Please join us to help Michael and Kay save their family home and get natural justice.
How you can help:
- Phone Frydenberg’s office on (03) 9882 3677 to ask him to stop the bankruptcy action and forgive the debt. He needs to know that people care and will not forget about this.
- Write to him c/- his Kooyong office - 145 Camberwell Road, Hawthorn East, 3123.
- Volunteer - help letterbox and/or talk to local people about the issue.
- Sign this petition and share it with others via social media and email.
- Donate - Please chip in to support Michael and leave a comment about why you are giving your support.
Photo credit: Julian Meehan
Photo: Glenn Hunt/AAP
DCAN acknowledges that there can be no climate justice without justice for First Nations peoples. To achieve this, we need to put an end to the brutal impacts of colonisation and racism. Traditional Owners have cared for Country for tens of thousands of years. They continue to inspire us with their strength, resilience and resistance - leading campaigns to protect Country and sacred sites from the destructive practices of fossil fuel mining companies.
Today marks the landing of the First Fleet at Sydney Cove and the beginning of the colonisation, dispossession and violence that has continued to the present day. We stand in solidarity with First Nations Peoples on this day of mourning and acknowledge that sovereignty was never ceded. We especially acknowledge the Wurundjeri Woi Wurrung People of the Kulin Nation as the traditional owners of the land that we carry out our activities. We pay our respects to their Elders past and present and commit to working alongside First Nations Peoples as we chart a shared path toward a sustainable future.
We invite you to join us in taking the time to reflect, learn and take action - not just today, but over the coming weeks and year. We've put together some resources to help you on your journey:
To the stories, experiences and journeys of First Nations people - NITV /SBS are dedicating a whole day of programming today. You can watch here: https://www.sbs.com.au/ondemand/channels/nitv
About First Nations people and history, which is the history of Australia. The Aboriginal Tent Embassy just celebrated 50 years, learn more about it here: https://theconversation.com/a-short-history-of-the...
Sites like the Colonial Frontier Wars detail the violence that has been perpetrated against First Nations Australians: https://c21ch.newcastle.edu.au/colonialmassacres/
Learn about the custodians of the land and water you are living on from AIATSIS: https://aiatsis.gov.au/explore/map-indigenous-australia
Learn about incredible First Nations leaders who have contributed to our communities, our country and the world who have been recognised with a National NAIDOC Award: https://www.naidoc.org.au/awards/winner-profiles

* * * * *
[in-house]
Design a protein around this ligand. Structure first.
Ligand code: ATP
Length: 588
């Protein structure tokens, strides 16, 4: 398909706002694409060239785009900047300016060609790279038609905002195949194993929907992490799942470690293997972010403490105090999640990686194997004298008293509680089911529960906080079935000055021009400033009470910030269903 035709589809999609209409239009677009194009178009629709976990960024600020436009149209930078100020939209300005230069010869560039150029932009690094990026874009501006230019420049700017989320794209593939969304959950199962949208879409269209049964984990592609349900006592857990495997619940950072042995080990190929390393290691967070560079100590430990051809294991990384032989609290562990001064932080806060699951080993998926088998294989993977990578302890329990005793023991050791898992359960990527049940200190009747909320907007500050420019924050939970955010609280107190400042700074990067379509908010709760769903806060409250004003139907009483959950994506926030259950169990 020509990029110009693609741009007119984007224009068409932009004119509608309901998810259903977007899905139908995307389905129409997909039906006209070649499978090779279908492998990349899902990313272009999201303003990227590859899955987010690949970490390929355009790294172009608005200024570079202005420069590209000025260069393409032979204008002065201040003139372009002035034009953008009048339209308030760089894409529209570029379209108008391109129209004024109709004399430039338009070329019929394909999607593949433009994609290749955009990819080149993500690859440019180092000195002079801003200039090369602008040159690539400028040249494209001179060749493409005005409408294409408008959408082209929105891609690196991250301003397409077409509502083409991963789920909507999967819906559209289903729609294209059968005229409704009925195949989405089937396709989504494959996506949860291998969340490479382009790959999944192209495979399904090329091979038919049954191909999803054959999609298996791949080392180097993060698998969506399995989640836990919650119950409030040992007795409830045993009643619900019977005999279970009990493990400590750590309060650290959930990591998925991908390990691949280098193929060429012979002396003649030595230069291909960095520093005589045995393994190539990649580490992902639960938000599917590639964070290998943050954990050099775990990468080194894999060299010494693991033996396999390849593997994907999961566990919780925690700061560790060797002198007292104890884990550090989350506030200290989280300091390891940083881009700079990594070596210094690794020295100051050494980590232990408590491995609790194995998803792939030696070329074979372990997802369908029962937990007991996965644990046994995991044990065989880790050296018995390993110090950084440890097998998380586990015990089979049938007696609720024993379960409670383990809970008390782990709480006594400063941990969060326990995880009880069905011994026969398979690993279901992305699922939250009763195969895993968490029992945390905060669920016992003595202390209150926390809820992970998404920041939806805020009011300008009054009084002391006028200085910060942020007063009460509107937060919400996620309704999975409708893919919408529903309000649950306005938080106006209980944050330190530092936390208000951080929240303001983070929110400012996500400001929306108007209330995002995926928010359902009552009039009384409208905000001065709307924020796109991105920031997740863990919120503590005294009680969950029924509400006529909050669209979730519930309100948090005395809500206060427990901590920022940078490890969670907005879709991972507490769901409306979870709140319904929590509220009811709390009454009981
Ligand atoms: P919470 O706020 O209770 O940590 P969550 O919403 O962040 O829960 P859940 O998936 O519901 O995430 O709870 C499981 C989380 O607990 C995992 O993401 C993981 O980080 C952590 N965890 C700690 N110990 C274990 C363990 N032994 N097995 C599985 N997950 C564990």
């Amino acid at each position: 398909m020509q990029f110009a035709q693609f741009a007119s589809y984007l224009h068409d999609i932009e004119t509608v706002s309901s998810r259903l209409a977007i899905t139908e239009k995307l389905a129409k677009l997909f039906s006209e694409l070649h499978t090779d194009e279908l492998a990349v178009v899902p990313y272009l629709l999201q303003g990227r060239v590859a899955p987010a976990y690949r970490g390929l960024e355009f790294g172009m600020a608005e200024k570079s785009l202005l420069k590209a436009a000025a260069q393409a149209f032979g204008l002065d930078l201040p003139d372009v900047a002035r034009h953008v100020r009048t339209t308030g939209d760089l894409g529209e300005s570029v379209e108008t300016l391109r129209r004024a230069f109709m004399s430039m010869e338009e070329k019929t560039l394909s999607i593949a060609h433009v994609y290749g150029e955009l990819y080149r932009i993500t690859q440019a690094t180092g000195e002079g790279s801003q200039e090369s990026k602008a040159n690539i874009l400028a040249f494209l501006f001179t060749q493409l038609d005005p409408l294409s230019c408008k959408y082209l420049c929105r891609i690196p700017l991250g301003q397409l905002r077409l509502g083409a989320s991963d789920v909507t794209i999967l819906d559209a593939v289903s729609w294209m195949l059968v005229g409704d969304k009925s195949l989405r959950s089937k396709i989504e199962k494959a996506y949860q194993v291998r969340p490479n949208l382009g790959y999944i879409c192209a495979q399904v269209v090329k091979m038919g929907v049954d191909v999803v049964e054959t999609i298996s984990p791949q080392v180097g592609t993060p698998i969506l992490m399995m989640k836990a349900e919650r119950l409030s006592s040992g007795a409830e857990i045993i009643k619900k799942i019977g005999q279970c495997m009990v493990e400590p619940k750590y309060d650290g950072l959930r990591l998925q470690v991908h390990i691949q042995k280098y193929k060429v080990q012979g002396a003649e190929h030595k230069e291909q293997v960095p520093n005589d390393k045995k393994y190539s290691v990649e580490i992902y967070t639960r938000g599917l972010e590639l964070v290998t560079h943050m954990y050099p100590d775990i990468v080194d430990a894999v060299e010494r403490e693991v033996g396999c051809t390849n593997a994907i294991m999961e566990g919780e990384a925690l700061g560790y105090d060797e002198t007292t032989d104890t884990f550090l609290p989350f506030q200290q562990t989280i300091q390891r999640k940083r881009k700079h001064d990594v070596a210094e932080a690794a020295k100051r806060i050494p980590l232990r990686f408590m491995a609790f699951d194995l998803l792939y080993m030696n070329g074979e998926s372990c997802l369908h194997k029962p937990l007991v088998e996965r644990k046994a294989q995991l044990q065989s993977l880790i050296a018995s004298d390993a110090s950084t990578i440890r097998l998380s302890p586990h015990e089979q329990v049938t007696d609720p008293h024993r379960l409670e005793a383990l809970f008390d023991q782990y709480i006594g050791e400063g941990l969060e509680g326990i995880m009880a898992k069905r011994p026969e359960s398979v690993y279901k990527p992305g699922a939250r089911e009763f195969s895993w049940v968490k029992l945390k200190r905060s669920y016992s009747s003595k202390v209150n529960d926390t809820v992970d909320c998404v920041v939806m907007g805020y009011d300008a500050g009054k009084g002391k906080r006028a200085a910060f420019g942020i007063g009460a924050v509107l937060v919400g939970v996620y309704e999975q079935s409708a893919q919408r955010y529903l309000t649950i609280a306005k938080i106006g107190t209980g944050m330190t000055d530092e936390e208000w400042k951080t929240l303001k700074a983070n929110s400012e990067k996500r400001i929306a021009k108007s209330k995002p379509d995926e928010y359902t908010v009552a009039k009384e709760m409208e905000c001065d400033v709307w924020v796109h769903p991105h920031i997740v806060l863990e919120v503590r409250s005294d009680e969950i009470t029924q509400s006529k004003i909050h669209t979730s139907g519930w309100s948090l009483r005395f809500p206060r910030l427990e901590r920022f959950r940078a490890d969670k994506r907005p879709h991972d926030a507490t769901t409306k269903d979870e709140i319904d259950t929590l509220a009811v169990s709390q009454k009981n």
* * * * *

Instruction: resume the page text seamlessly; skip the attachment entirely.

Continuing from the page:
Support First Nations organisations, initiatives and campaigns:
- Wurundjeri Woi Wurrung Cultural Heritage Aboriginal Corporation - protecting, managing and enhancing environmentally and culturally significant places on Wurundjeri Woi-wurrung Country.
- Seed Mob – Australia’s first Indigenous youth climate network, building a movement of Aboriginal and Torres Strait Island young people for climate justice.
- Country Needs People – a growing group of Indigenous and non-Indigenous people campaigning for Indigenous Ranger and Protected Area programs.
- Wangan and Jagalingou Cultural Custodians – working to protect a vast area of land in central-western Queensland, including the site of Adani's destructive coal mine.
- Original Power - building the power of Aboriginal and Torres Strait Islander People to protect country.
- The Martuwarra Fitzroy River Council – protecting the sacred river, the Mardoowarra in the Kimberley region of Western Australia, and representing Traditional Owners of the entire river catchment.
- Olkola Aboriginal Corporation – Olkola Aboriginal Corporation now holds and manages 869,822 hectares of its Traditional Lands, making it one of the largest landholders in the Cape York Peninsula.
- Wuthathi Aboriginal Corporation for whom the struggle to return and protect their ancestral homelands took nearly 100 years.
- Mirarr people via Gundjeihmi Aboriginal Corporation – the Traditional Owners of land in the north of the Northern Territory. They are powerful advocates against uranium mining, speaking out in the famous Jabiluka campaign, and for Kakadu.
- Firesticks alliance - aims to re-invigorate the use of cultural burning by facilitating cultural learning pathways to fire and land management.
- Australian Nuclear Free Alliance – formed in 1997, the Australian Nuclear Free Alliance brings together Aboriginal people and civil society groups concerned about nuclear developments in Australia, particularly on Aboriginal homelands
- Pay the rent - support grassroots causes and campaigns focused on protecting First Nations rights and practical support.